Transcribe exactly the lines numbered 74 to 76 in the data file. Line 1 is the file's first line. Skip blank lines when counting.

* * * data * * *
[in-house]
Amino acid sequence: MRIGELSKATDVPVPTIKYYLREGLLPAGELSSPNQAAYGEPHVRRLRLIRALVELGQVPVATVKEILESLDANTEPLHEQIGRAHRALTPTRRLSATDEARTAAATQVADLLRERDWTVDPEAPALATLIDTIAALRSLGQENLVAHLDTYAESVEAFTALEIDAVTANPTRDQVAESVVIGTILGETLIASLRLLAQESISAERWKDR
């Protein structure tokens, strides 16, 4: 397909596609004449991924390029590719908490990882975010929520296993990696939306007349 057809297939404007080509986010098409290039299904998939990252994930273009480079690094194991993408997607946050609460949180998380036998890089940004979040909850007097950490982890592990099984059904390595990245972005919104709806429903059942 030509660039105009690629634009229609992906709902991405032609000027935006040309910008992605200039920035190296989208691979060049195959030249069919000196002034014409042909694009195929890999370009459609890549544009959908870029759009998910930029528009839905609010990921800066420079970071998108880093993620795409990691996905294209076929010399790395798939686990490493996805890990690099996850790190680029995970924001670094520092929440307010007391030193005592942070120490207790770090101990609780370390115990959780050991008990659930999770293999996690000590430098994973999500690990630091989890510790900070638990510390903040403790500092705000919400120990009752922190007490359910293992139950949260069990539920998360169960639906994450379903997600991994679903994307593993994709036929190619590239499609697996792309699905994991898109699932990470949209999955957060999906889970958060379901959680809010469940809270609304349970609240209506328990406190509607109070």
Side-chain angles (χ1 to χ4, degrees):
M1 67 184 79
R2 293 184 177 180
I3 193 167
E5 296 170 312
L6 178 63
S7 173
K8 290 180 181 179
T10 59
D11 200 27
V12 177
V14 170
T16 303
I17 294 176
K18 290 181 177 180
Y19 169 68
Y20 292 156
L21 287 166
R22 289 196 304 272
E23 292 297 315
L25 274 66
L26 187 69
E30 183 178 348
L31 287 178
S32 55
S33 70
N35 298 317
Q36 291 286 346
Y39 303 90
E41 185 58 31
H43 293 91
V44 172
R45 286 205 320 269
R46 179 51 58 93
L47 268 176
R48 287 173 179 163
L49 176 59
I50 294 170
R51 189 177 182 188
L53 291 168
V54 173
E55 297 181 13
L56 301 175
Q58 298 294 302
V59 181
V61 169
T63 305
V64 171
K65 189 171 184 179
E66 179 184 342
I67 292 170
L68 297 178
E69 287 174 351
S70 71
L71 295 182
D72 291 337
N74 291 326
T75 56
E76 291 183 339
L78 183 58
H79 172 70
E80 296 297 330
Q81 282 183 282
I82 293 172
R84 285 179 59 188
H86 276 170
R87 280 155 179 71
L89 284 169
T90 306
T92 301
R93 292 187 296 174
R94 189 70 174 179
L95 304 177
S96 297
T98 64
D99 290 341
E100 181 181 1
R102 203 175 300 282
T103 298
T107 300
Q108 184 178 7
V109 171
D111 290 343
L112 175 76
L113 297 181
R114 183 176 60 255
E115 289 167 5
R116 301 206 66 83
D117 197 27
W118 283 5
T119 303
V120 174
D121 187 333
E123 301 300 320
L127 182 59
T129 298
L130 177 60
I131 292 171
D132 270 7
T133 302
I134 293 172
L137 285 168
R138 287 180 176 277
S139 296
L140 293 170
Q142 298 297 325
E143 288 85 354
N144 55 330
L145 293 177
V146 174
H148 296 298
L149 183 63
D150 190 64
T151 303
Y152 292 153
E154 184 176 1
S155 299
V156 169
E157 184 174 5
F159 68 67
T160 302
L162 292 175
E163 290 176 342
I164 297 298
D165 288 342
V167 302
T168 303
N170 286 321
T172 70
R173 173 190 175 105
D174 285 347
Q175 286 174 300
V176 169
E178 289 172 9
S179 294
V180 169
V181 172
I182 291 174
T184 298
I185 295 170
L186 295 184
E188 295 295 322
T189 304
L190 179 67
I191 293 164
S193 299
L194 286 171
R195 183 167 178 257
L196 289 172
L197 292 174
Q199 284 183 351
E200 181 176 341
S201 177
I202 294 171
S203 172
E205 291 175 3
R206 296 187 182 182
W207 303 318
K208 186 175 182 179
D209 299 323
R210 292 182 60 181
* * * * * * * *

R93 292 187 296 174
R94 189 70 174 179
L95 304 177